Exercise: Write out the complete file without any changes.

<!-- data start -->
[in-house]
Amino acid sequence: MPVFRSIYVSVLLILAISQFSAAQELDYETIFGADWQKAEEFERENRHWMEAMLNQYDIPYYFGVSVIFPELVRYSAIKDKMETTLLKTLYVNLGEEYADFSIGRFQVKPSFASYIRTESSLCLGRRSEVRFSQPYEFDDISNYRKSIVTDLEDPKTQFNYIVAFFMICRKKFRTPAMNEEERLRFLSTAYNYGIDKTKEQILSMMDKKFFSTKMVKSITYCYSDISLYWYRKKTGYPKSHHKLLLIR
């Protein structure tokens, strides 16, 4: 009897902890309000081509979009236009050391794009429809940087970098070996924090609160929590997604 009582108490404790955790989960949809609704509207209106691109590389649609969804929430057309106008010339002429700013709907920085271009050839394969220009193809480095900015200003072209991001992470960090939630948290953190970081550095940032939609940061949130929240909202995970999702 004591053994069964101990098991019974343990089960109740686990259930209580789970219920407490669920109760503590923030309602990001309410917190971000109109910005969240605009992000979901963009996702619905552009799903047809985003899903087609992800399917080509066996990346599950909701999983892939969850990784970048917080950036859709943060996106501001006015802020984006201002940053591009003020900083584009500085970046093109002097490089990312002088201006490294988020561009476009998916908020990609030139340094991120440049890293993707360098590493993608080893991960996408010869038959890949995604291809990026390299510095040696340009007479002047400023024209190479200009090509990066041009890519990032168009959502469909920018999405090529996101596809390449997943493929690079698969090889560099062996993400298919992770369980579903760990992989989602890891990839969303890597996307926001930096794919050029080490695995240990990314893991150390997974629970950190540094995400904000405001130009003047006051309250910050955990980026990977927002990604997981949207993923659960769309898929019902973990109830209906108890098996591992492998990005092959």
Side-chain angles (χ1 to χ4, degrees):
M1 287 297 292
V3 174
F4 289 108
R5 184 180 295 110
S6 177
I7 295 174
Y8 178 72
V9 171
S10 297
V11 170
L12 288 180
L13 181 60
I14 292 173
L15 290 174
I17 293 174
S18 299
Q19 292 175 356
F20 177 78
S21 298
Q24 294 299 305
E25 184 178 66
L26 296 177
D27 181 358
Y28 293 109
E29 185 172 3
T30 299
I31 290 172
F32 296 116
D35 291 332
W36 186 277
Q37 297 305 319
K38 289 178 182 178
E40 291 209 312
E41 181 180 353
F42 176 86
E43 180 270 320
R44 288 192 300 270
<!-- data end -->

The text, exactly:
[in-house]
Amino acid sequence: MPVFRSIYVSVLLILAISQFSAAQELDYETIFGADWQKAEEFERENRHWMEAMLNQYDIPYYFGVSVIFPELVRYSAIKDKMETTLLKTLYVNLGEEYADFSIGRFQVKPSFASYIRTESSLCLGRRSEVRFSQPYEFDDISNYRKSIVTDLEDPKTQFNYIVAFFMICRKKFRTPAMNEEERLRFLSTAYNYGIDKTKEQILSMMDKKFFSTKMVKSITYCYSDISLYWYRKKTGYPKSHHKLLLIR
């Protein structure tokens, strides 16, 4: 009897902890309000081509979009236009050391794009429809940087970098070996924090609160929590997604 009582108490404790955790989960949809609704509207209106691109590389649609969804929430057309106008010339002429700013709907920085271009050839394969220009193809480095900015200003072209991001992470960090939630948290953190970081550095940032939609940061949130929240909202995970999702 004591053994069964101990098991019974343990089960109740686990259930209580789970219920407490669920109760503590923030309602990001309410917190971000109109910005969240605009992000979901963009996702619905552009799903047809985003899903087609992800399917080509066996990346599950909701999983892939969850990784970048917080950036859709943060996106501001006015802020984006201002940053591009003020900083584009500085970046093109002097490089990312002088201006490294988020561009476009998916908020990609030139340094991120440049890293993707360098590493993608080893991960996408010869038959890949995604291809990026390299510095040696340009007479002047400023024209190479200009090509990066041009890519990032168009959502469909920018999405090529996101596809390449997943493929690079698969090889560099062996993400298919992770369980579903760990992989989602890891990839969303890597996307926001930096794919050029080490695995240990990314893991150390997974629970950190540094995400904000405001130009003047006051309250910050955990980026990977927002990604997981949207993923659960769309898929019902973990109830209906108890098996591992492998990005092959």
Side-chain angles (χ1 to χ4, degrees):
M1 287 297 292
V3 174
F4 289 108
R5 184 180 295 110
S6 177
I7 295 174
Y8 178 72
V9 171
S10 297
V11 170
L12 288 180
L13 181 60
I14 292 173
L15 290 174
I17 293 174
S18 299
Q19 292 175 356
F20 177 78
S21 298
Q24 294 299 305
E25 184 178 66
L26 296 177
D27 181 358
Y28 293 109
E29 185 172 3
T30 299
I31 290 172
F32 296 116
D35 291 332
W36 186 277
Q37 297 305 319
K38 289 178 182 178
E40 291 209 312
E41 181 180 353
F42 176 86
E43 180 270 320
R44 288 192 300 270